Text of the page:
Poverty is real.
So, too, are the effects of poverty, which often exceed one’s financial limitations. I recently engaged in an intense debate with someone as we waited for our flight. The conversation was intense, not in an overly aggressive manner, but more because we both were passionate about our perspectives. It was a hearty conversation that left us both with something to think about long after we went our separate ways.
The subject of poverty arose, and the gentlemen I was communicating with and I had very different opinions of poverty, what causes it, the people who are generally affected by it and how to overcome poverty.
An element that made the conversation so intriguing to me was the similarities the gentleman and I shared. We are both around the same age, African-American and were raised by hard-working, college-educated single mothers. He is a strategist for a Washington, D.C.-based public relations firm, and I run a newspaper, so even our professional industries aligned with one another.
Despite our similarities, our views on poverty were drastically different. Perhaps the first thing we disagreed on was that individuals who are poor choose to be that way because of limitations they have placed on themselves.
“There’s no reason anyone in this country should be poor,” he said. “There are lots of resources available to help people. They need to pull themselves up by the bootstraps and do something about it.”
I told him his comment seemed to generalize people and not everyone who is poor is also shiftless or lazy.
Then I asked him if he knew any “poor” people.
His “no” response put things in perspective for me. It appeared to me that, because this man existed in a bubble that separated him from others who had different circumstances, he simply didn’t understand their plight.
That’s when I told him about a woman I know who is raising three children on her own after her husband died unexpectedly two years ago. The woman has a college degree, works a full-time job as well as a part-time job and, according to government standards, she is considered poor. Every week, this woman is struggling to get by.
“Forget making ends meet,” she once told me. “My ends are too far apart to meet. I just need to get by.”
Then she explained to me how she struggles to pay her monthly bills and usually just pays “something on them” because she can’t afford the full balance. That method, though necessary for her, is also troubling, because she is never able to truly catch up due to the partial payments. In addition, she often has to rely on babysitters or childcare providers to supervise her young children while she works both jobs. The struggling parent is able to get some food assistance, which helps, but she says it’s still extremely challenging.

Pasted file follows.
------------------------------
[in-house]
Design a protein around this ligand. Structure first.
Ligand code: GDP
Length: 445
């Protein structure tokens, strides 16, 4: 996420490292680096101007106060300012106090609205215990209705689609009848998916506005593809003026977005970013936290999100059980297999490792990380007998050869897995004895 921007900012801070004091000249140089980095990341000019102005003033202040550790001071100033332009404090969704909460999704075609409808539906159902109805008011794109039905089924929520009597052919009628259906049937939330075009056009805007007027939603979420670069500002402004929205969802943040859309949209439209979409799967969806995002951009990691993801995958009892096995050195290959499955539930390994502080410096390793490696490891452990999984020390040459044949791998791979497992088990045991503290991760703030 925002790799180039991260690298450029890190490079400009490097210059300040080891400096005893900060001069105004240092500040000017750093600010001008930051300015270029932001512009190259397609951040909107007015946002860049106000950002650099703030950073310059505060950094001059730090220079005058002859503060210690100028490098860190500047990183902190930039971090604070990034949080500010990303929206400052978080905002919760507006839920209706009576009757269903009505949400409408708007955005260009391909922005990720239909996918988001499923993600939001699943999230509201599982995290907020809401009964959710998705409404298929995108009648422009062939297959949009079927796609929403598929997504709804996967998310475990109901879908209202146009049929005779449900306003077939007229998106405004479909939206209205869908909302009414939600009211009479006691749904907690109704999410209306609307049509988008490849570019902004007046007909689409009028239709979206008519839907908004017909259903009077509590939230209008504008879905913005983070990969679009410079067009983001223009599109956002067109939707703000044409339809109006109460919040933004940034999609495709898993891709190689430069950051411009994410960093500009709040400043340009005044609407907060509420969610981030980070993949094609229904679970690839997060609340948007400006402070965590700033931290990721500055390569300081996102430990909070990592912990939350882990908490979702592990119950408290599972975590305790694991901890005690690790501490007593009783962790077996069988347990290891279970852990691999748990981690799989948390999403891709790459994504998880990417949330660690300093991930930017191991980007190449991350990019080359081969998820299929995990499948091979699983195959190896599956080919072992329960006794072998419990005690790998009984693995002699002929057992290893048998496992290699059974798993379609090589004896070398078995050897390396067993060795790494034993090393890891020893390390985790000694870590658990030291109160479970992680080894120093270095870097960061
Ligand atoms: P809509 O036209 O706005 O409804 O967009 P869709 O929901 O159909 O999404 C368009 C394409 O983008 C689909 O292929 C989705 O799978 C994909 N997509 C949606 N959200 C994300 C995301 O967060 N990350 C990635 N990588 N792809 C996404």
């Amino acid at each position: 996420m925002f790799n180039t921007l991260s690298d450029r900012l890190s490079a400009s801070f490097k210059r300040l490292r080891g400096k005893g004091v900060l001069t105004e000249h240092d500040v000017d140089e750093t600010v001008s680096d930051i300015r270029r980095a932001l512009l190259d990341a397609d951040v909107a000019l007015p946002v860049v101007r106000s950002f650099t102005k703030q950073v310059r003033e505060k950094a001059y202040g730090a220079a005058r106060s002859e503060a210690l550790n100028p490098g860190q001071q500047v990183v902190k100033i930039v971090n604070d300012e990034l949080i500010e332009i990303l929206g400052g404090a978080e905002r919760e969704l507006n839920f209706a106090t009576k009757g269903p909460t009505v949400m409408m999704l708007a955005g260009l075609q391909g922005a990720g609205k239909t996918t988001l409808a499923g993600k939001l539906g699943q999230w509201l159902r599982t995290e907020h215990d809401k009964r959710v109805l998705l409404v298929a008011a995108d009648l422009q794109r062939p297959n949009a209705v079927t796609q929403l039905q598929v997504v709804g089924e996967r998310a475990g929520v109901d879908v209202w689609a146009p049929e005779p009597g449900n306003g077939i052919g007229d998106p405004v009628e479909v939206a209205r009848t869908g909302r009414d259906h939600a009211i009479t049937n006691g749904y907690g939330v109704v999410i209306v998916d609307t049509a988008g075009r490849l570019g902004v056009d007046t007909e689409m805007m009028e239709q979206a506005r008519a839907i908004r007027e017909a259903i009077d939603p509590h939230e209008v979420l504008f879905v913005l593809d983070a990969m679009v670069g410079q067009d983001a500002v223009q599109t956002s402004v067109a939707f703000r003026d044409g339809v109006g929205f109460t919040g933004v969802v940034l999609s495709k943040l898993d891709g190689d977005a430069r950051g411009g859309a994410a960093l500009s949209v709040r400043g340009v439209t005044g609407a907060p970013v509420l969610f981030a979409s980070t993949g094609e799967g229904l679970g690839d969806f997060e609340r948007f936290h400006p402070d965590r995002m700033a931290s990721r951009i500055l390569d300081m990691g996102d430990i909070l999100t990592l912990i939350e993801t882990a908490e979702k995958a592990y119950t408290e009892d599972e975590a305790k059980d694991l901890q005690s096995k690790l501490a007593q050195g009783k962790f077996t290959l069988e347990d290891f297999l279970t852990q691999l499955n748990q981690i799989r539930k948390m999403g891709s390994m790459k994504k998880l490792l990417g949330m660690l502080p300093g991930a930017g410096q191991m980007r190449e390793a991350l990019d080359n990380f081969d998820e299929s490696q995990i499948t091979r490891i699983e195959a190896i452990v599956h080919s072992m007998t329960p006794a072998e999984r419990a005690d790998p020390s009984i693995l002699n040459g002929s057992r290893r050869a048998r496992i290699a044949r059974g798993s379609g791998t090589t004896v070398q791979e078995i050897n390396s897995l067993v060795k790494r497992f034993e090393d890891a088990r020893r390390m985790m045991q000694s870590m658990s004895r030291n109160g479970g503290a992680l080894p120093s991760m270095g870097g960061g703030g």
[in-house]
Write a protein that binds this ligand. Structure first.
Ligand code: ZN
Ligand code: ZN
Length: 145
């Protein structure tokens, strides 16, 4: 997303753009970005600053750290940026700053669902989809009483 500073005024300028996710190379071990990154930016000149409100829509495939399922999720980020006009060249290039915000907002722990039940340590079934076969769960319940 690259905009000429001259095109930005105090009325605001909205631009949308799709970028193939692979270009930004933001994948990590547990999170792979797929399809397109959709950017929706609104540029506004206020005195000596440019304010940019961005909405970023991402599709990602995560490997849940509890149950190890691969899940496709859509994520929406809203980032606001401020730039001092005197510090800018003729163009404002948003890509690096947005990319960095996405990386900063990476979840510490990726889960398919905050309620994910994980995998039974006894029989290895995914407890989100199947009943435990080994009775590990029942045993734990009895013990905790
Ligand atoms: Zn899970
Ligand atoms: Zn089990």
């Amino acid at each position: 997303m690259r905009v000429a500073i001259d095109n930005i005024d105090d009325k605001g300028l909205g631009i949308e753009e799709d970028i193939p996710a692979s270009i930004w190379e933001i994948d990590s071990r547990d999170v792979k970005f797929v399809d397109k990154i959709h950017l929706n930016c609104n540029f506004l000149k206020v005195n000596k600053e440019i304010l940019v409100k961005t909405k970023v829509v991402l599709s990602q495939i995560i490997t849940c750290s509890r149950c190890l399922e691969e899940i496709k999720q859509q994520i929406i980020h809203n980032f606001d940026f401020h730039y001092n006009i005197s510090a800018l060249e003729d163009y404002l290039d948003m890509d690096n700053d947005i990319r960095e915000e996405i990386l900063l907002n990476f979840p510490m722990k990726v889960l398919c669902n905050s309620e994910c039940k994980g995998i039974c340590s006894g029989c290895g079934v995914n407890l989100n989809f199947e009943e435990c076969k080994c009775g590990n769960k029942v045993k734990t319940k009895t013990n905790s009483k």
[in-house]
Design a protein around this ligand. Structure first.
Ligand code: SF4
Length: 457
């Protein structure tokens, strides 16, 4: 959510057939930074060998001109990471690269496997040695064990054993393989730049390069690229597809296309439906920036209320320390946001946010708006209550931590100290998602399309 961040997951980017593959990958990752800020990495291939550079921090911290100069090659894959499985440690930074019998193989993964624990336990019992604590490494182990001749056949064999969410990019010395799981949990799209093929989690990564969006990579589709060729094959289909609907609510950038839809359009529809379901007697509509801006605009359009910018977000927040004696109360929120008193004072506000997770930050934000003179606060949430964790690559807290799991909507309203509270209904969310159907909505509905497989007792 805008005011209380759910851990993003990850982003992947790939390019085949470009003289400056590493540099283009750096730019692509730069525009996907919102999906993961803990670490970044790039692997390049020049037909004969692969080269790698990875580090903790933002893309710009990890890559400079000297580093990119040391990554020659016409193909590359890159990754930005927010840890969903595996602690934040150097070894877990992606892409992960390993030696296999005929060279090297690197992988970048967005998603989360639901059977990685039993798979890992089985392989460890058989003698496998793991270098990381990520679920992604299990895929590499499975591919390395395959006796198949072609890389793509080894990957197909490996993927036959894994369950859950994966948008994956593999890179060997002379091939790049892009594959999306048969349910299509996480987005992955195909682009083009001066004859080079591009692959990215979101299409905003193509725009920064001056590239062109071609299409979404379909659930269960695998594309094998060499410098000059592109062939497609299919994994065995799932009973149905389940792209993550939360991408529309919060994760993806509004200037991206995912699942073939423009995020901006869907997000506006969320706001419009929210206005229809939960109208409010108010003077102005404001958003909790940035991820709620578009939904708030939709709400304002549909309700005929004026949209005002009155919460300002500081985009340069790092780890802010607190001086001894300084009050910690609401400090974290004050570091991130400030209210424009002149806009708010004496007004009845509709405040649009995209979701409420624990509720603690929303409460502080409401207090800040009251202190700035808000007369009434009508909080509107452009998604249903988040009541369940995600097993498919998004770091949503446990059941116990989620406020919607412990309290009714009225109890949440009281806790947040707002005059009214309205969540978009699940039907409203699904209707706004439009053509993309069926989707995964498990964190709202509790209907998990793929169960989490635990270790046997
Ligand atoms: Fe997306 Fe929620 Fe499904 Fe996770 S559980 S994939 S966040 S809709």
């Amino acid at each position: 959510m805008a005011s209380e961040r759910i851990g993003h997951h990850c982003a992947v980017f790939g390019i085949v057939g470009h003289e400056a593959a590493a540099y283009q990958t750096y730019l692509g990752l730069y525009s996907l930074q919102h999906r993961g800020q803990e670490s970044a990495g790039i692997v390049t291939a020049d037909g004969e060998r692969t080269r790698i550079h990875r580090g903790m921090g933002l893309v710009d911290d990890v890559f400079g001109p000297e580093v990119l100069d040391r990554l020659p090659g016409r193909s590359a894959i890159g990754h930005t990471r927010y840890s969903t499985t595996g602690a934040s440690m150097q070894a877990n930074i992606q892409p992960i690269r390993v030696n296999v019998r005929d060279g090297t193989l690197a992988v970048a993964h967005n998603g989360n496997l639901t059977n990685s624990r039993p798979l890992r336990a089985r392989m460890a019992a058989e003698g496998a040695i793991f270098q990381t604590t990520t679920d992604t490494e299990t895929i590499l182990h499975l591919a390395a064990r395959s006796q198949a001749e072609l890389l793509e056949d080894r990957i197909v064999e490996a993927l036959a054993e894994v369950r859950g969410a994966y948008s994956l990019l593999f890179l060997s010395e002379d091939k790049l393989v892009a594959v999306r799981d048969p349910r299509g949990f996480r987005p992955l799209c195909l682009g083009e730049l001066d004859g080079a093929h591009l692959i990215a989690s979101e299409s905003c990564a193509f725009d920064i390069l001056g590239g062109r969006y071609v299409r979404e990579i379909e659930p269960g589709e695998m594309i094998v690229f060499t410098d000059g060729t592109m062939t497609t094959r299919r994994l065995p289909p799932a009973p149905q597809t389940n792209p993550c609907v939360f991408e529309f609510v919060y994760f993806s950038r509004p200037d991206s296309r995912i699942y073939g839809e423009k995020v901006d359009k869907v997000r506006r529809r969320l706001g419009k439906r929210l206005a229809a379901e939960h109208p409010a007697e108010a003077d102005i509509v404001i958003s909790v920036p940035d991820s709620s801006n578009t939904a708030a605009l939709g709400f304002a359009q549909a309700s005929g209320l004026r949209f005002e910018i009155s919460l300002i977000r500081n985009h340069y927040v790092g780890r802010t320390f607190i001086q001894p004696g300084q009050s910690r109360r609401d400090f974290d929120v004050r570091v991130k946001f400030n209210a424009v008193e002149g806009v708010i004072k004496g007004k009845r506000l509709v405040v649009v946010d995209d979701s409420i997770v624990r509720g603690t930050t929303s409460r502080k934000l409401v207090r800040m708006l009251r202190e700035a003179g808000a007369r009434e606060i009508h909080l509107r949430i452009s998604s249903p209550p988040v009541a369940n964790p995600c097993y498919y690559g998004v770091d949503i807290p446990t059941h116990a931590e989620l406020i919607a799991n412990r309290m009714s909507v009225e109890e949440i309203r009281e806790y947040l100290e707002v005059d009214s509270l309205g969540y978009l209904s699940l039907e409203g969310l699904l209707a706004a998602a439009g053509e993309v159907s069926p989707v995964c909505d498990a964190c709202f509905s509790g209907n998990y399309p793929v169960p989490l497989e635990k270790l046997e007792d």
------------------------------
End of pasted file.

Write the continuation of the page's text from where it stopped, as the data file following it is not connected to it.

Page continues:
And while providing for the basic needs of her family is difficult, it becomes even more so if an emergency or unexpected situation arises, like when her car broke down and the city’s bus system didn’t service the area where her full-time job is located. Due to not having the money to immediately repair her car, she has been written up twice for being late to her job. Her employer informed her another tardy would result in termination.
As a result of her ongoing financial woes, the widowed mother suffers from hypertension and bouts of depression.
As the man and I began to part ways as we boarded the plane, we mentioned how interesting the conversation was. He asked me to consider his perspective while on the plane, and he said he would consider mine.
When the flight ended and I made my way off the plane and into Washington’s busy airport, I saw him a few feet ahead of me. He waited for me to get to him and he said, “I thought about what we discussed, and I still feel the same way I did when we began talking. Poor people are lazy. They can change their situations.”
As I carefully chose my words, I told him that I, too, thought about our conversation. I said that in some regards, he was correct: there are some poor people who are able to do more to get themselves out of their current predicament, and they should. But then I reminded him of the single mother I referenced before.
I said, “Her story could have been the story of either one of our mothers. Until we have compassion for the least of these, we will never open our minds to resolving some of this country’s problems. We have to look at the whole person and the whole problem. We have to step outside our comfortable boxes and look at some very real and uncomfortable things.”
He and I decided we would agree to disagree, and we went our separate ways. And that’s how our views were left: divided and unresolved … much like so many things in this country.